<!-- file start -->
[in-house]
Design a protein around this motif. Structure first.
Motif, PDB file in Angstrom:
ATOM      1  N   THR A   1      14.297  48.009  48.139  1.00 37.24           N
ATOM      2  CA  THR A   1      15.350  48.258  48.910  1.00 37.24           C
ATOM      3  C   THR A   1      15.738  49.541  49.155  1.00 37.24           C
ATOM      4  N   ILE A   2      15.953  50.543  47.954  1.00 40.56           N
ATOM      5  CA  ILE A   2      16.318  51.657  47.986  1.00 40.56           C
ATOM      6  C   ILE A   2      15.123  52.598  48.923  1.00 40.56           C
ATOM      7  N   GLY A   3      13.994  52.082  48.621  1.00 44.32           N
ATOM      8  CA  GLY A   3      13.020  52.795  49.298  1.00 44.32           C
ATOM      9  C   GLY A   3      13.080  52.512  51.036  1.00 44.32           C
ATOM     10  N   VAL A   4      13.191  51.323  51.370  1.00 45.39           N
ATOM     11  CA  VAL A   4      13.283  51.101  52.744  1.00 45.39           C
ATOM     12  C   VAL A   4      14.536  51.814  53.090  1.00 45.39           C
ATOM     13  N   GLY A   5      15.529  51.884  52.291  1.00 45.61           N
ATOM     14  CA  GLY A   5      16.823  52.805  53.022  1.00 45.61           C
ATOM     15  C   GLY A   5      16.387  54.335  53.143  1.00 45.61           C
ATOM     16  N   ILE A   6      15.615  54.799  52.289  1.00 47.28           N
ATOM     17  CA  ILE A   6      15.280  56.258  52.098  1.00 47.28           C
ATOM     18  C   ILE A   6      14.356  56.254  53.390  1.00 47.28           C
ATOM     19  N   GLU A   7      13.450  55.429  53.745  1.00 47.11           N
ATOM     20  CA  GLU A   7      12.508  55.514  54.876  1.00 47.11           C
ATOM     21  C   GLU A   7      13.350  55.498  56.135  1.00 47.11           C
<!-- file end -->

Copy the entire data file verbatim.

[in-house]
Design a protein around this motif. Structure first.
Motif, PDB file in Angstrom:
ATOM      1  N   THR A   1      14.297  48.009  48.139  1.00 37.24           N
ATOM      2  CA  THR A   1      15.350  48.258  48.910  1.00 37.24           C
ATOM      3  C   THR A   1      15.738  49.541  49.155  1.00 37.24           C
ATOM      4  N   ILE A   2      15.953  50.543  47.954  1.00 40.56           N
ATOM      5  CA  ILE A   2      16.318  51.657  47.986  1.00 40.56           C
ATOM      6  C   ILE A   2      15.123  52.598  48.923  1.00 40.56           C
ATOM      7  N   GLY A   3      13.994  52.082  48.621  1.00 44.32           N
ATOM      8  CA  GLY A   3      13.020  52.795  49.298  1.00 44.32           C
ATOM      9  C   GLY A   3      13.080  52.512  51.036  1.00 44.32           C
ATOM     10  N   VAL A   4      13.191  51.323  51.370  1.00 45.39           N
ATOM     11  CA  VAL A   4      13.283  51.101  52.744  1.00 45.39           C
ATOM     12  C   VAL A   4      14.536  51.814  53.090  1.00 45.39           C
ATOM     13  N   GLY A   5      15.529  51.884  52.291  1.00 45.61           N
ATOM     14  CA  GLY A   5      16.823  52.805  53.022  1.00 45.61           C
ATOM     15  C   GLY A   5      16.387  54.335  53.143  1.00 45.61           C
ATOM     16  N   ILE A   6      15.615  54.799  52.289  1.00 47.28           N
ATOM     17  CA  ILE A   6      15.280  56.258  52.098  1.00 47.28           C
ATOM     18  C   ILE A   6      14.356  56.254  53.390  1.00 47.28           C
ATOM     19  N   GLU A   7      13.450  55.429  53.745  1.00 47.11           N
ATOM     20  CA  GLU A   7      12.508  55.514  54.876  1.00 47.11           C
ATOM     21  C   GLU A   7      13.350  55.498  56.135  1.00 47.11           C